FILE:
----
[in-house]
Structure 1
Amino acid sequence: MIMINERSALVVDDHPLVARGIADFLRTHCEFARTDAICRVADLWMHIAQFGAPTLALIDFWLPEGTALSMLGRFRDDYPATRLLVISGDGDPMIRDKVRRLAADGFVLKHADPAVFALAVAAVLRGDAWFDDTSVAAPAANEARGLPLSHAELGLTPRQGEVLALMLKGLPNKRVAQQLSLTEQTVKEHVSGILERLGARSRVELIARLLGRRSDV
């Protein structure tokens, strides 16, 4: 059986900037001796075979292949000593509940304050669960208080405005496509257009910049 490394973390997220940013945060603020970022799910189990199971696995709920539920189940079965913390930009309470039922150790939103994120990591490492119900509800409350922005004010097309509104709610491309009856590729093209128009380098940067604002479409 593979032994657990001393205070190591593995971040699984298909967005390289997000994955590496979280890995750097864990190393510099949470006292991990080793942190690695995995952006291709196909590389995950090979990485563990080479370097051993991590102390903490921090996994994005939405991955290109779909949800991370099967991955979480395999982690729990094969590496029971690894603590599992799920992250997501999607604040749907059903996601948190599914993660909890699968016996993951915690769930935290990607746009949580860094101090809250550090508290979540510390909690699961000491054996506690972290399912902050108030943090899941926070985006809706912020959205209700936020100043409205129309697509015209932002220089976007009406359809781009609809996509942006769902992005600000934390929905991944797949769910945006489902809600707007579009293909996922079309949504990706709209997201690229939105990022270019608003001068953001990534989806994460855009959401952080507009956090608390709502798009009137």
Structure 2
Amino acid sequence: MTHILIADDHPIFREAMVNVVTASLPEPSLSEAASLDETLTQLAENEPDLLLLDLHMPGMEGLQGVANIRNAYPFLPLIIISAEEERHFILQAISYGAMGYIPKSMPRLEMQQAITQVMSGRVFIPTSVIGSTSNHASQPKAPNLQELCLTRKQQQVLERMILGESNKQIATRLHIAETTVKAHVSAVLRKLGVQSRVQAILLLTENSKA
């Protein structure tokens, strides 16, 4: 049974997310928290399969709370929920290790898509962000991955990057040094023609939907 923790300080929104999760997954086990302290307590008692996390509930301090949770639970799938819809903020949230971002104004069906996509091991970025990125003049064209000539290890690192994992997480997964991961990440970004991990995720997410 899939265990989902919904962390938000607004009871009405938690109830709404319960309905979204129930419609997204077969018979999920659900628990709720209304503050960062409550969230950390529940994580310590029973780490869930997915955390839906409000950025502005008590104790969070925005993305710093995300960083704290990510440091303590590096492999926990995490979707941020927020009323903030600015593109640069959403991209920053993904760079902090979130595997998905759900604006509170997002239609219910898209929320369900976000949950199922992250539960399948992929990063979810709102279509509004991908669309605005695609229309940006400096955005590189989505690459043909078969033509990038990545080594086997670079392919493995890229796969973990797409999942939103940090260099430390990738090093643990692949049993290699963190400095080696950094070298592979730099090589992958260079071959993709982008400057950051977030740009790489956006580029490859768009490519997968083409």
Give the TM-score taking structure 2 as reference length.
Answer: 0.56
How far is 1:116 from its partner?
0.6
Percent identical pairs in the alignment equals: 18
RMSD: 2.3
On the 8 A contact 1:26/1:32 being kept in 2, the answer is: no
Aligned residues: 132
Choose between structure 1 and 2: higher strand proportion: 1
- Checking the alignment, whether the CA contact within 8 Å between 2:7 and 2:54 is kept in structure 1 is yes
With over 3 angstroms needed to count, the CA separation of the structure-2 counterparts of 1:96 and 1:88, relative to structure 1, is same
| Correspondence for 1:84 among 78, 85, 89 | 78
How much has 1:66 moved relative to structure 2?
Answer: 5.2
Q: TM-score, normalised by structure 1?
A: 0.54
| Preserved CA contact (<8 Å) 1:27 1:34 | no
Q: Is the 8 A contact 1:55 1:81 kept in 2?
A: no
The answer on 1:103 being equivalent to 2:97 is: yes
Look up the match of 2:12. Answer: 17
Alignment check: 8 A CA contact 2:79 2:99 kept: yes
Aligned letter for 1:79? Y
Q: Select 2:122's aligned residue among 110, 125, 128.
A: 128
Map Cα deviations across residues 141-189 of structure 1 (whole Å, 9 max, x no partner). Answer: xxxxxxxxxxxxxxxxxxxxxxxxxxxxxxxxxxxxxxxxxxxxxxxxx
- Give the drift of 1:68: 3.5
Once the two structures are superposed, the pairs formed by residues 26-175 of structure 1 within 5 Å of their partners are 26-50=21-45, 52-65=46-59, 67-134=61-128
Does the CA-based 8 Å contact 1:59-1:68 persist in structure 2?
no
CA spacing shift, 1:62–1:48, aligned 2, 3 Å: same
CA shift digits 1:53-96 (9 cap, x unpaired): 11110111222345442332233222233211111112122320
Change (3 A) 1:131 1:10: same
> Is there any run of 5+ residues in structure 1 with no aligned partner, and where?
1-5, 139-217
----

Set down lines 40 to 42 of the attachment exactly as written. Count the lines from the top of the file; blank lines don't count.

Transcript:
Change (3 A) 1:131 1:10: same
> Is there any run of 5+ residues in structure 1 with no aligned partner, and where?
1-5, 139-217